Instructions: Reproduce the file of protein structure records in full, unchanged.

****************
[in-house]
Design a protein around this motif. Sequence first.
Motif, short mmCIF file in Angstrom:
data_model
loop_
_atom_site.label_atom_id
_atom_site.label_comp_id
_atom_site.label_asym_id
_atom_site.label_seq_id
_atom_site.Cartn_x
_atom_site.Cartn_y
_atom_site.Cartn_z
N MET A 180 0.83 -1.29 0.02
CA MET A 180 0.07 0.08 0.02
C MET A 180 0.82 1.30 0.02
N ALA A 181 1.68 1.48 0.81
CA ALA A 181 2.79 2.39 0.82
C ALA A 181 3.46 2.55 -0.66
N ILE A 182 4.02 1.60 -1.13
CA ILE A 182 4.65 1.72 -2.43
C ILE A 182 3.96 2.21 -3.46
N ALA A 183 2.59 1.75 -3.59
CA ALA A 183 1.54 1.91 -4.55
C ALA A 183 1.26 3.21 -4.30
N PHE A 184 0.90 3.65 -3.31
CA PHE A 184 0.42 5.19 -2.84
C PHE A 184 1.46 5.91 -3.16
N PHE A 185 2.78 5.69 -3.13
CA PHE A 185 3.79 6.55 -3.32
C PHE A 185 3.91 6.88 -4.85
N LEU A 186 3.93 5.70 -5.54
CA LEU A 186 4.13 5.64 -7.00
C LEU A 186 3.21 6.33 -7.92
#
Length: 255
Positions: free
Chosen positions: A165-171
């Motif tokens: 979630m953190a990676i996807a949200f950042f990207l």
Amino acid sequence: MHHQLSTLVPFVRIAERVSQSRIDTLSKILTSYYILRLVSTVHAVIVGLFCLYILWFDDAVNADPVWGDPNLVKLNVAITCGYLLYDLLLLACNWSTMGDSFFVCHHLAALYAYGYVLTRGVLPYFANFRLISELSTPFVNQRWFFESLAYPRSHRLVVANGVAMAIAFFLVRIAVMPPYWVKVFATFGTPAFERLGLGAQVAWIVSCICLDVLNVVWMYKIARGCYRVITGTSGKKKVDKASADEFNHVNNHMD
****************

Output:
[in-house]
Design a protein around this motif. Sequence first.
Motif, short mmCIF file in Angstrom:
data_model
loop_
_atom_site.label_atom_id
_atom_site.label_comp_id
_atom_site.label_asym_id
_atom_site.label_seq_id
_atom_site.Cartn_x
_atom_site.Cartn_y
_atom_site.Cartn_z
N MET A 180 0.83 -1.29 0.02
CA MET A 180 0.07 0.08 0.02
C MET A 180 0.82 1.30 0.02
N ALA A 181 1.68 1.48 0.81
CA ALA A 181 2.79 2.39 0.82
C ALA A 181 3.46 2.55 -0.66
N ILE A 182 4.02 1.60 -1.13
CA ILE A 182 4.65 1.72 -2.43
C ILE A 182 3.96 2.21 -3.46
N ALA A 183 2.59 1.75 -3.59
CA ALA A 183 1.54 1.91 -4.55
C ALA A 183 1.26 3.21 -4.30
N PHE A 184 0.90 3.65 -3.31
CA PHE A 184 0.42 5.19 -2.84
C PHE A 184 1.46 5.91 -3.16
N PHE A 185 2.78 5.69 -3.13
CA PHE A 185 3.79 6.55 -3.32
C PHE A 185 3.91 6.88 -4.85
N LEU A 186 3.93 5.70 -5.54
CA LEU A 186 4.13 5.64 -7.00
C LEU A 186 3.21 6.33 -7.92
#
Length: 255
Positions: free
Chosen positions: A165-171
């Motif tokens: 979630m953190a990676i996807a949200f950042f990207l």
Amino acid sequence: MHHQLSTLVPFVRIAERVSQSRIDTLSKILTSYYILRLVSTVHAVIVGLFCLYILWFDDAVNADPVWGDPNLVKLNVAITCGYLLYDLLLLACNWSTMGDSFFVCHHLAALYAYGYVLTRGVLPYFANFRLISELSTPFVNQRWFFESLAYPRSHRLVVANGVAMAIAFFLVRIAVMPPYWVKVFATFGTPAFERLGLGAQVAWIVSCICLDVLNVVWMYKIARGCYRVITGTSGKKKVDKASADEFNHVNNHMD